Clearly, it is imperative to manage negative conflict in the workplace constructively. Poorly managed conflict causes deteriorated employee and team performance levels, reduced productivity, and interruptions in employee relationships (Bowditch & Buono). Additional unfavorable impacts caused to organizations are increased absenteeism and employee stress, high turnover rates, and monetary losses associated with professional fees such as attorneys and court costs. Lastly, it is important to mention one important note about negative conflict and employees. Employees who are overstressed and have peer relation problems at work oftentimes carry those problems home. Negative conflict affects organizations, ultimately carries over into one’s home life.
The other difference in the CEO road map as compared to what most organizations do is that we set up continuous improvement loops on both sides of the road map which do not just use rear view mirror metrics. Rather than have the organization drive you, by using real time metrics you will drive the effectiveness of the organization and feel much more proactive than reactive.
Within the individual focus of human relations – which differs from human resources concern with the total organizational climate – exists the quest for unity so as to provide for a harmonious and productive environment; if the atmosphere reflects more friction than integration, the overall collection of individuals will suffer both as a group and as separate entities.
Individual workers often face a disconcerting and undeniable sense of "loss of self" when the organization into which they have invested time, energy, and talent finds it no longer needs them.
While much literature has been written on how management is concerned with making the most of human resrouces to distinguish a company from its competitors, perhaps a better way to look at it is how human resources might better be matched in order to help enhance organizational success.
UAW members realize that there are thousands of workers overseas more than willing to eliminate auto maker positions here, and that it is in their best interest to work for increased productivity and efficiency.
organizational leaders are often construed as symbols for representing personal causation of social events, it can be argued that the perception of leadership and emotional intelligence has shifted significantly from what is used to be, thus also altering the concept of organizational culture.
Organizations have made about all the gains they can through downsizing and reorganization, and they must view their employees as assets in order to make further gains in efficiency.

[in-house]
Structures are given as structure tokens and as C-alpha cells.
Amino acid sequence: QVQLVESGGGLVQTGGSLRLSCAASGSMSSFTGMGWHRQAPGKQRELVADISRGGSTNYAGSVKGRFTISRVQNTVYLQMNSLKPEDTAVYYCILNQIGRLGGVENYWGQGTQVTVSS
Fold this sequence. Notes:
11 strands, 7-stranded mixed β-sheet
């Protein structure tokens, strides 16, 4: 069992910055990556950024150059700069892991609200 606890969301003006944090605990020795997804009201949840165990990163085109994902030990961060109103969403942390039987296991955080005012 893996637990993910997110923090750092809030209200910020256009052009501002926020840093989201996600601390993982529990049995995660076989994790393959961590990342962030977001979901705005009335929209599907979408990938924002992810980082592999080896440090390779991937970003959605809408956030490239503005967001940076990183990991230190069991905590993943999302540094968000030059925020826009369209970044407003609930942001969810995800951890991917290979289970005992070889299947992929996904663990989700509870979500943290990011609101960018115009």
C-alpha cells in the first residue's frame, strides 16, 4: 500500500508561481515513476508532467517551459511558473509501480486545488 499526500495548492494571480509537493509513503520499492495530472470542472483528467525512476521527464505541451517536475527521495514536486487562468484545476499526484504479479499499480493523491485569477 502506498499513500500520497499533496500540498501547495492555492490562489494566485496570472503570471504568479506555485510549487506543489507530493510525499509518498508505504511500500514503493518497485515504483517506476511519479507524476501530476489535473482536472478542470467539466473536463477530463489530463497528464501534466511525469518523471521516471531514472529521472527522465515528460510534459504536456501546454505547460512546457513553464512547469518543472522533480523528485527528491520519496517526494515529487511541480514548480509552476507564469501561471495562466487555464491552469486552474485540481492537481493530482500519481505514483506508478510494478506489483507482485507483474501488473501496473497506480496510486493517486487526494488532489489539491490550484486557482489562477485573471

The second problem-solving mode is the Organizational Problem-Solving Mode. When in this mode, high amounts of both task and relationship behaviors are needed. Leaders must place considerable emphasis on structuring team activities and motivating team members. (Hersey, Blanchard, Johnson 329). They should also spell out tasks, ask members for ideas, and encourage conversation in order to assure a productive team meeting.
There are four problem-solving modes for various group situations. First, there is the Crisis Mode. In the Crisis Mode, a team is facing a situation that requires significant amounts of task behavior. There should be plenty of what, when, where, and how information. Due to the need for this kind of information, there is not much room for relationship behavior. Behaviors, such as discussion, take a back seat. The very nature of crises makes this the best approach for problem solving. The danger is that many organizations treat every situation as if it is a crisis. (Hersey, Blanchard, Johnson 328)
The bottom line is that organizations have gained about as much efficiency as possible from downsizing and reorganizing, and all are now obliged to look to internal systems for gains in efficiency and productivity.
Perhaps one of the most challenging problems organizations face today is how to effectively handle workplace change. Most people are content within their comfort zones and tend to rely on the status quo. That is, until management introduces sweeping changes through downsizing or rightsizing. Such changes are likely to rattle the foundations of operating procedures. They are necessary, however, in order to bring about a more effective and efficient organization. This particularly relates to the organization’s bottom line.
In light of this information, how do organizations produce content employees who are productive and creative? How can leaders harness such human resources and use them to create strong teams? Authors, Craig A. Stevens and Michael Moore, have written a fictional story that answers such questions. Their book, Geronimo Stone: His Music, His Love, and the Mobile of Excellent Management, contains many management principles practical for real life application.
Diversity is about respecting differences, fostering understanding, value creation and overall market effectiveness inside and outside of one’s organization.